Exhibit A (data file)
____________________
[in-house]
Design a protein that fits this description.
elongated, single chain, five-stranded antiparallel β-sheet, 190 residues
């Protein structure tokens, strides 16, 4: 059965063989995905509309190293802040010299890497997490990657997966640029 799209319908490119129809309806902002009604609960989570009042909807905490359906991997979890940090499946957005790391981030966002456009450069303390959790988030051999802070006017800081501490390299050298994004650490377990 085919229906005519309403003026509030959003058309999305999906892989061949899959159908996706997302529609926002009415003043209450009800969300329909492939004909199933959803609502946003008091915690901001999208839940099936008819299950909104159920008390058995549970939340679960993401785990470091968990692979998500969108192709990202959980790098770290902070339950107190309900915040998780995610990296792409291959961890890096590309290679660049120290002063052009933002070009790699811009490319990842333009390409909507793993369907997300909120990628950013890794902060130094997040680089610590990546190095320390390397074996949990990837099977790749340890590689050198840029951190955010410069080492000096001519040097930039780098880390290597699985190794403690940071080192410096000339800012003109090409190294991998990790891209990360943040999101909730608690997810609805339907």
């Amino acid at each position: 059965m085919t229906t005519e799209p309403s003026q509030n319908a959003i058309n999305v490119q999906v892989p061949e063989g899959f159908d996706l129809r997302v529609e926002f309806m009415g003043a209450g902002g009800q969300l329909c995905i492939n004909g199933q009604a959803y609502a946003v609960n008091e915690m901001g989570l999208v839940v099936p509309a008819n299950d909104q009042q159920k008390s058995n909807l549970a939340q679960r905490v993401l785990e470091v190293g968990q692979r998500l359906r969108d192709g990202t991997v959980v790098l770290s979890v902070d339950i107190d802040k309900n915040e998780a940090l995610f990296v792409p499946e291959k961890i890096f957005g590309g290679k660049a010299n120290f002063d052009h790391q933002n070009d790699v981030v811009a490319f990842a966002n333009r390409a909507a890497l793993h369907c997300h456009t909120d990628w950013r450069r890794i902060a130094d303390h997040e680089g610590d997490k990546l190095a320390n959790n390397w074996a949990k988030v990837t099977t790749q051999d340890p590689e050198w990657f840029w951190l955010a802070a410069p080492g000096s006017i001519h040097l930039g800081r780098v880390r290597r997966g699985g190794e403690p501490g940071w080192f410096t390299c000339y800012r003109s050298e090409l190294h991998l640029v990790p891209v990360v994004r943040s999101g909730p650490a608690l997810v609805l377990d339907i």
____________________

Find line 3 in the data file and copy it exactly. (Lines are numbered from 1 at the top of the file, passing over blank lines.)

elongated, single chain, five-stranded antiparallel β-sheet, 190 residues